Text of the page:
Small acts of kindness often beget more significant acts of kindness. During any lockdown, hoarding is a common phenomenon. Essentials like toilet paper, toothpaste, groceries usually disappear fast from stores before any lockdown due to panic buying. However, Jason Rankin of Kettering did the exact opposite. He delivered toilet paper to the needy.
Little acts of kindness
Talking to Dayton Daily News, Rankin said it was a small act, and he likes helping his neighbors. ‘We’re all in this together … just 6 feet apart’ it is cool seeing the community support each other. It’s too bad it took something terrible to bring people together,”
What started as a small act soon led to more acts of kindness. Rankin joined a local Facebook group calling itself Shopping Angels. Members volunteered to get groceries and other wares for people who cannot get these things themselves. Rankin himself made more than ten deliveries.
He added, “We are supposed to help our neighbors and people in need. That’s how I was brought up. I like doing that. It’s just what we do. We get something out of it, too — people smile, and that’s enough,”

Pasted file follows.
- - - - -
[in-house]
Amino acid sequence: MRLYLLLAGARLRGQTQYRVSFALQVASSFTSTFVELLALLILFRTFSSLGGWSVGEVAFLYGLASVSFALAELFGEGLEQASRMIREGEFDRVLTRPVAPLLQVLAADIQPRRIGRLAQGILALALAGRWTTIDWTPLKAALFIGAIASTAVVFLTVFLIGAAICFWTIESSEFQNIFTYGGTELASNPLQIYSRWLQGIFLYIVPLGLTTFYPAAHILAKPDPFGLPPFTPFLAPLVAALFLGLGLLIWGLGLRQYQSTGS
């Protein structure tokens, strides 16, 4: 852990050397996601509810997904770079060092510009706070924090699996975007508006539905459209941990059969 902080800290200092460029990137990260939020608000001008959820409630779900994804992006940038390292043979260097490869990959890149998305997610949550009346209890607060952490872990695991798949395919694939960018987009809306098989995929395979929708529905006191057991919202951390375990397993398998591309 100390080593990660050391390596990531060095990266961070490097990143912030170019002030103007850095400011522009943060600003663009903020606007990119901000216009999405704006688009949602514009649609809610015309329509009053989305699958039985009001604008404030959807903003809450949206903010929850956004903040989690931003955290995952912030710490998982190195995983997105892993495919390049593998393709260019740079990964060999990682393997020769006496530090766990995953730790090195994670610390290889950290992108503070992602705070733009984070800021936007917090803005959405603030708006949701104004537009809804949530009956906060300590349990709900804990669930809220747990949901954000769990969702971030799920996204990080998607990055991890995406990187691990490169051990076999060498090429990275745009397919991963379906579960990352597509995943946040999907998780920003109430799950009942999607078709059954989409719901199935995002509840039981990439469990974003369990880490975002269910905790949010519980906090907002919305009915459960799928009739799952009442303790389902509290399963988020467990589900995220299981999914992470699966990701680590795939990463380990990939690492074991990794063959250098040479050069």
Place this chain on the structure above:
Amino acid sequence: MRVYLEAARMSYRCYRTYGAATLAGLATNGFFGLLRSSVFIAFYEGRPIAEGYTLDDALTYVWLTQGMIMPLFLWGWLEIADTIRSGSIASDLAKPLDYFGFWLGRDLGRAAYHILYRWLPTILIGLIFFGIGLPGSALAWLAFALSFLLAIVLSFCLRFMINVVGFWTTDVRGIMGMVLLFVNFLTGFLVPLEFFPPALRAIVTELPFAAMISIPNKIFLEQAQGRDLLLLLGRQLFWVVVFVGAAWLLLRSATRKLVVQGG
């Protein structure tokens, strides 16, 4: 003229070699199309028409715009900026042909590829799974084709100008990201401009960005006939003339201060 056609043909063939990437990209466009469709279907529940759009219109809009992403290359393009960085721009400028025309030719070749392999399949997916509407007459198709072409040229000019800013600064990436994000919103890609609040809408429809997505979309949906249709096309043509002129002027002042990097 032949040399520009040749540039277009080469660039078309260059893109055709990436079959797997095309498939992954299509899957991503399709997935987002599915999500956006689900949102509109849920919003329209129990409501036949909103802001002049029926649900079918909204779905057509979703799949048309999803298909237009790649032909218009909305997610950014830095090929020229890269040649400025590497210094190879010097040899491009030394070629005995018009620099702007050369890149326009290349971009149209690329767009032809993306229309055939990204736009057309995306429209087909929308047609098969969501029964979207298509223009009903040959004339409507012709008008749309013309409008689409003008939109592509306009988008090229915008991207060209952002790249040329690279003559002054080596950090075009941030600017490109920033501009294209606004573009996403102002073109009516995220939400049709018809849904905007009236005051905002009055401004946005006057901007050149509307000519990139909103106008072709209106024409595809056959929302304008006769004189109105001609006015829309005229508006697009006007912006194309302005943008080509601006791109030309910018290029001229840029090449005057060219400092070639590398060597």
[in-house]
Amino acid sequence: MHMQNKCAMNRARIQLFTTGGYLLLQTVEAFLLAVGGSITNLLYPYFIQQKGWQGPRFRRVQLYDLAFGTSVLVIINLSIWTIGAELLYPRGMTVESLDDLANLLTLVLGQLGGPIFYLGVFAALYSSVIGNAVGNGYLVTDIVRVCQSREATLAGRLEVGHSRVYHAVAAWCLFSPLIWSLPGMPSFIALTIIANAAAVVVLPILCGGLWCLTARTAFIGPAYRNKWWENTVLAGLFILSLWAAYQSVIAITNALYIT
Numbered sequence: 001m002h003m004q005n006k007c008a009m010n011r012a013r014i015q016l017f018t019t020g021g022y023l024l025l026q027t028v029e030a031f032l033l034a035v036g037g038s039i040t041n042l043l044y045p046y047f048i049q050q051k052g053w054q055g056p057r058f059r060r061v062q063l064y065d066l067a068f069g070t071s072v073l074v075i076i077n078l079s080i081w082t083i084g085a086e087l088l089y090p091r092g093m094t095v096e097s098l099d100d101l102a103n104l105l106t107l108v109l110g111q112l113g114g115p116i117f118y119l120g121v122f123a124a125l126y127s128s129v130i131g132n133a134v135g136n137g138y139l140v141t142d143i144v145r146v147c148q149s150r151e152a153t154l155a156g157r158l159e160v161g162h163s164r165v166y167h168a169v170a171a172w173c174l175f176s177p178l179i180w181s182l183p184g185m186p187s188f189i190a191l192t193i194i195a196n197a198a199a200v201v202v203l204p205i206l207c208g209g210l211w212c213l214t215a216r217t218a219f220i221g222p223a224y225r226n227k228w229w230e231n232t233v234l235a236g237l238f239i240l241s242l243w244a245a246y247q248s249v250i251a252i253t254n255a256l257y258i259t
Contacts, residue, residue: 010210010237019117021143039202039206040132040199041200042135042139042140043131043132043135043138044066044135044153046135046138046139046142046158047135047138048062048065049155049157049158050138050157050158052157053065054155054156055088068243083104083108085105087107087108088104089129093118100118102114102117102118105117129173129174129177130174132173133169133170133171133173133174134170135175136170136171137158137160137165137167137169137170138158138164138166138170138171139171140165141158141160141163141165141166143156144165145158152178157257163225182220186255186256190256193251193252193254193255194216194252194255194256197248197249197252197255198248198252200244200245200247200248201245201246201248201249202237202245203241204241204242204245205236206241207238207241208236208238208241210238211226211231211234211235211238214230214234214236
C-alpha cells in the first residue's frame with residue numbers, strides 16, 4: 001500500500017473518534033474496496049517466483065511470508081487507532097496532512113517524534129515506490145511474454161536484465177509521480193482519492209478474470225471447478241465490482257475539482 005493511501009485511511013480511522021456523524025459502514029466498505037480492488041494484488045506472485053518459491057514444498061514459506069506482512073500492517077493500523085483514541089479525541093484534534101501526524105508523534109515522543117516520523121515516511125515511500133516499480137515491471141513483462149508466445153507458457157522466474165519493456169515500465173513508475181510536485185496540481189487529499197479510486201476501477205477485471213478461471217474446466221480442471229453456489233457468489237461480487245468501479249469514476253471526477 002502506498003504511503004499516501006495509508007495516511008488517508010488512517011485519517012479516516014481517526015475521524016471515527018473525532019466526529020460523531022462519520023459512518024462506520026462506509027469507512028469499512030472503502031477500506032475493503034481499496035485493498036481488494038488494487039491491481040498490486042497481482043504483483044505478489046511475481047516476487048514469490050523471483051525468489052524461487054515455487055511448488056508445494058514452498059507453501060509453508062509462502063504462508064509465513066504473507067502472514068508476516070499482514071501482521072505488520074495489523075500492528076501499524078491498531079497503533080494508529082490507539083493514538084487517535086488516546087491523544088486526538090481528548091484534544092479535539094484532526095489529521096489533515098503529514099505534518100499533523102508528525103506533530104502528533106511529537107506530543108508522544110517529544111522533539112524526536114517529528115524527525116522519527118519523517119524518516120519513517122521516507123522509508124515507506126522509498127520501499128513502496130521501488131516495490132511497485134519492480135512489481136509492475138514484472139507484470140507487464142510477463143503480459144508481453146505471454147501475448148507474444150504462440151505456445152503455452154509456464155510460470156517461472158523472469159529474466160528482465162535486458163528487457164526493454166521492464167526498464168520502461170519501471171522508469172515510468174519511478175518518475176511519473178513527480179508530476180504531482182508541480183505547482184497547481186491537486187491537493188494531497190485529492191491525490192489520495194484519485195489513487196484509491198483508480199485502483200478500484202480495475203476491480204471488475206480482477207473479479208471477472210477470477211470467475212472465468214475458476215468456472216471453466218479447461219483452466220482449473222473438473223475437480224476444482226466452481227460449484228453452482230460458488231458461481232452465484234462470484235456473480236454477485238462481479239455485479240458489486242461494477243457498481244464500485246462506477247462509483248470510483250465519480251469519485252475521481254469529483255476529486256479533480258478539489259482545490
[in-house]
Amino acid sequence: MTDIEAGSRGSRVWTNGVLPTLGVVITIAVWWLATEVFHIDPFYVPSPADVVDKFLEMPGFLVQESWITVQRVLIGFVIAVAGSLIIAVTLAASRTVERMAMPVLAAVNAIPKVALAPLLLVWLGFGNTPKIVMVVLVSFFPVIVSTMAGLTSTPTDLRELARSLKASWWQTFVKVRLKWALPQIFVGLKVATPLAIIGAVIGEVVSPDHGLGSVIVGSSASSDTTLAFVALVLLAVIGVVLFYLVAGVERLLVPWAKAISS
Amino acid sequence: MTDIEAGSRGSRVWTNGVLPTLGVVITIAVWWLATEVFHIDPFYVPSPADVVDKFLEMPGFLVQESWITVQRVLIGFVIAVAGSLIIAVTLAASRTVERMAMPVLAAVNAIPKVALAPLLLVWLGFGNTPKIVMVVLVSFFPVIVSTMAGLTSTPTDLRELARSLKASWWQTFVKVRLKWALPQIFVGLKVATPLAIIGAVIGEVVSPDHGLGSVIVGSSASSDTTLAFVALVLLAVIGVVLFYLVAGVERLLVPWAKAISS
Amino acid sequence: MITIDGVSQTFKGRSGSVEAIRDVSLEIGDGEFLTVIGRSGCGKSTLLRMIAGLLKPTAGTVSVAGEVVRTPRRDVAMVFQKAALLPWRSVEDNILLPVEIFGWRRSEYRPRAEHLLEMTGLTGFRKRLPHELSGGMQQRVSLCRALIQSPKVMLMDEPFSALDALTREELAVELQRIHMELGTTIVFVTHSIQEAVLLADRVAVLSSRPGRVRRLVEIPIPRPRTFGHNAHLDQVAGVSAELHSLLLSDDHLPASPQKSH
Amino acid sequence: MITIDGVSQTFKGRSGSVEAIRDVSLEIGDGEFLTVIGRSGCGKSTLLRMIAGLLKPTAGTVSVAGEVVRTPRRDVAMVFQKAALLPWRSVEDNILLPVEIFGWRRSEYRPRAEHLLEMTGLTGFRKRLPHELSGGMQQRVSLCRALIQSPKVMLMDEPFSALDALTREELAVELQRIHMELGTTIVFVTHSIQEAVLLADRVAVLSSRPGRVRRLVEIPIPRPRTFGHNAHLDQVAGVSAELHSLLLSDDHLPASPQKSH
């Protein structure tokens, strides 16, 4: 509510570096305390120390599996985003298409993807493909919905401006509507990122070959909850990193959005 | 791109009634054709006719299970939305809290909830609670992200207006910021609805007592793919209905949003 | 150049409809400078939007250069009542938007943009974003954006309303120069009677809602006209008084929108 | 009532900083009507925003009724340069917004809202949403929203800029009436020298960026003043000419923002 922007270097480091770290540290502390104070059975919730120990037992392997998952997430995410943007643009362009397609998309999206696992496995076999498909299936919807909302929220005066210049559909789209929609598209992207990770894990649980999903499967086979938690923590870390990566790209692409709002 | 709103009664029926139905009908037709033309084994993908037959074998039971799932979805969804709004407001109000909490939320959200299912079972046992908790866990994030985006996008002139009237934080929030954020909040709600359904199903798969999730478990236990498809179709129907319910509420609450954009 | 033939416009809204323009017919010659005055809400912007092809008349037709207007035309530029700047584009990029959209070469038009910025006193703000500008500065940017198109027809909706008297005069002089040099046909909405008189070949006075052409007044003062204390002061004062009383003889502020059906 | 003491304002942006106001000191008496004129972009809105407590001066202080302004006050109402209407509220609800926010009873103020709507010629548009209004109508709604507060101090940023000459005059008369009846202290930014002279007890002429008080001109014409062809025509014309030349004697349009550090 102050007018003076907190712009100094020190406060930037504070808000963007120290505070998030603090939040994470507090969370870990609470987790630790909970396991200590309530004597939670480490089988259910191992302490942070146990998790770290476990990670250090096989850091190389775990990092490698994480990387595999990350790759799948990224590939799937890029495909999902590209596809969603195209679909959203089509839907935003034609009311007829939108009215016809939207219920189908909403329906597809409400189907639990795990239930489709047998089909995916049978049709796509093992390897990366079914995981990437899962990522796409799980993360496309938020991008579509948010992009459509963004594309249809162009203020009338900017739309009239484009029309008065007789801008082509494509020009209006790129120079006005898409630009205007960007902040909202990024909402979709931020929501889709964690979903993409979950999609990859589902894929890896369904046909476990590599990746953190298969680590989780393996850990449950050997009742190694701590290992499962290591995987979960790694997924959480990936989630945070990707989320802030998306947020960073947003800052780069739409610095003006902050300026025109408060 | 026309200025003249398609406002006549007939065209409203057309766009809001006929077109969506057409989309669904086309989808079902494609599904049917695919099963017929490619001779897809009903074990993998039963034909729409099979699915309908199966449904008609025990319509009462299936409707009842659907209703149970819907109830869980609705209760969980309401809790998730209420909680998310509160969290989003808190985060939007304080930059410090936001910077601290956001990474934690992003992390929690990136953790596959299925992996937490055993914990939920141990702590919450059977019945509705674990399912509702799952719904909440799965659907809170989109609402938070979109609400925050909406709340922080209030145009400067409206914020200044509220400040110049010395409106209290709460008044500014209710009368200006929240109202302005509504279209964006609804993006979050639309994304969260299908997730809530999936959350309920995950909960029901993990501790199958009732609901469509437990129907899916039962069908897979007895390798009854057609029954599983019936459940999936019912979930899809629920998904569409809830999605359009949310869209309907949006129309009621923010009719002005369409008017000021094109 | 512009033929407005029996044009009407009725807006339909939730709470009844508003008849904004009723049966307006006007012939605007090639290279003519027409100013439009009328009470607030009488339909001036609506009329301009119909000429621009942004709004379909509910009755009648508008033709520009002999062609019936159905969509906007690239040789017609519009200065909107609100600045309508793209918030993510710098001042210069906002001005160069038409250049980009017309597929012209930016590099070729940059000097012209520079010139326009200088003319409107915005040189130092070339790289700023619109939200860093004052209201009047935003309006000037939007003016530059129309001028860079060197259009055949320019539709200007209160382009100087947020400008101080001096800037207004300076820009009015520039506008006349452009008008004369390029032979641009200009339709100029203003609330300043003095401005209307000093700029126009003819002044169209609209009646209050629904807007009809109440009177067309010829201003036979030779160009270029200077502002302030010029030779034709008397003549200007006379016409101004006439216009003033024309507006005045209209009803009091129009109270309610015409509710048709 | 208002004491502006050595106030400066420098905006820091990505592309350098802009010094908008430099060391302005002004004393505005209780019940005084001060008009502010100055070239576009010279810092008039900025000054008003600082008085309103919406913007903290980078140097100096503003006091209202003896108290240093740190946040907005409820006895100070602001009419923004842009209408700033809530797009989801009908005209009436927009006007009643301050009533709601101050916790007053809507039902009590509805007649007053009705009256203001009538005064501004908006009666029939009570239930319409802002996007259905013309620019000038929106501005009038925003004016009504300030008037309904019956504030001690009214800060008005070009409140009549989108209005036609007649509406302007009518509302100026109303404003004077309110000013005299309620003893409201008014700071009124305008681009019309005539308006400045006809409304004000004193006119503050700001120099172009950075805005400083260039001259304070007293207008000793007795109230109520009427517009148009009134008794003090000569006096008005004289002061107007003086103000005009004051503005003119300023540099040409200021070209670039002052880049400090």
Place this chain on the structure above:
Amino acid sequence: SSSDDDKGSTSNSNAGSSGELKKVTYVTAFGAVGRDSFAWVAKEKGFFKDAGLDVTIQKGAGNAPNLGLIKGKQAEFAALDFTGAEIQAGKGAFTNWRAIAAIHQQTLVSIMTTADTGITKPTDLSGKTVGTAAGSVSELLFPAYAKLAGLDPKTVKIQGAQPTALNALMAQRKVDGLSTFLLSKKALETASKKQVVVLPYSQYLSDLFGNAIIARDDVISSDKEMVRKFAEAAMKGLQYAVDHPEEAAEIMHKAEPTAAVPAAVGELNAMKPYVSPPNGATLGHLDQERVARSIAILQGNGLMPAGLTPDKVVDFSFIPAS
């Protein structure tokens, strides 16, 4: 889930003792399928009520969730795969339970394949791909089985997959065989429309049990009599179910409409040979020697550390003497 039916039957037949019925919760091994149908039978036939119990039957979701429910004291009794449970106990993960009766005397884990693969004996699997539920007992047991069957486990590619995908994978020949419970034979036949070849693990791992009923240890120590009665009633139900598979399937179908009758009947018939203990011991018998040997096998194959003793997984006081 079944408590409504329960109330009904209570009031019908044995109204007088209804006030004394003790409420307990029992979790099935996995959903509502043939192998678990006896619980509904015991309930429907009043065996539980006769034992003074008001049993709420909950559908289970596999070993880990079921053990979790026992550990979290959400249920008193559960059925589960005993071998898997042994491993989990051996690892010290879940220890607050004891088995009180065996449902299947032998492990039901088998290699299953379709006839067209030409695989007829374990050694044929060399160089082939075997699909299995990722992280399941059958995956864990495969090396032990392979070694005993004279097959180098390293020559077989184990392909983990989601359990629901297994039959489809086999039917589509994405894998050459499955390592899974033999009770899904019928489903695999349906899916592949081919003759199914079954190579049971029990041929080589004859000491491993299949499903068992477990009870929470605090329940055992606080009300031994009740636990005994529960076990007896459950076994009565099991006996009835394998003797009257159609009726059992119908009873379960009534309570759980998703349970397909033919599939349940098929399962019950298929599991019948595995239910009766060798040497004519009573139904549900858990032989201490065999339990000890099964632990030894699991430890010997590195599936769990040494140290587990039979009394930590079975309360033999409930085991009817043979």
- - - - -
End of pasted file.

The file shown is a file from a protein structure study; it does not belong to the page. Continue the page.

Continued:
East Wine Fairy Sisterhood
Residents in the Kettering area have posted on social media about receiving bags filled with candies, toys, and even wine. Betsy O’Ryan of Kettering informed Dayton Daily News that she had received wine four times. It has encouraged her to join a group called the Montgomery County East Wine Fairy Sisterhood to repay the debt. “It makes you feel connected. For a lot of people and me, you get more out of giving. It’s just nice to make someone’s day,” she said.
O’Ryan and her family continue with their acts of goodness. They have delivered driveway chalk messages and dropped off Bill’s Donuts to friends and created a thank-you video for Kettering teachers and staff.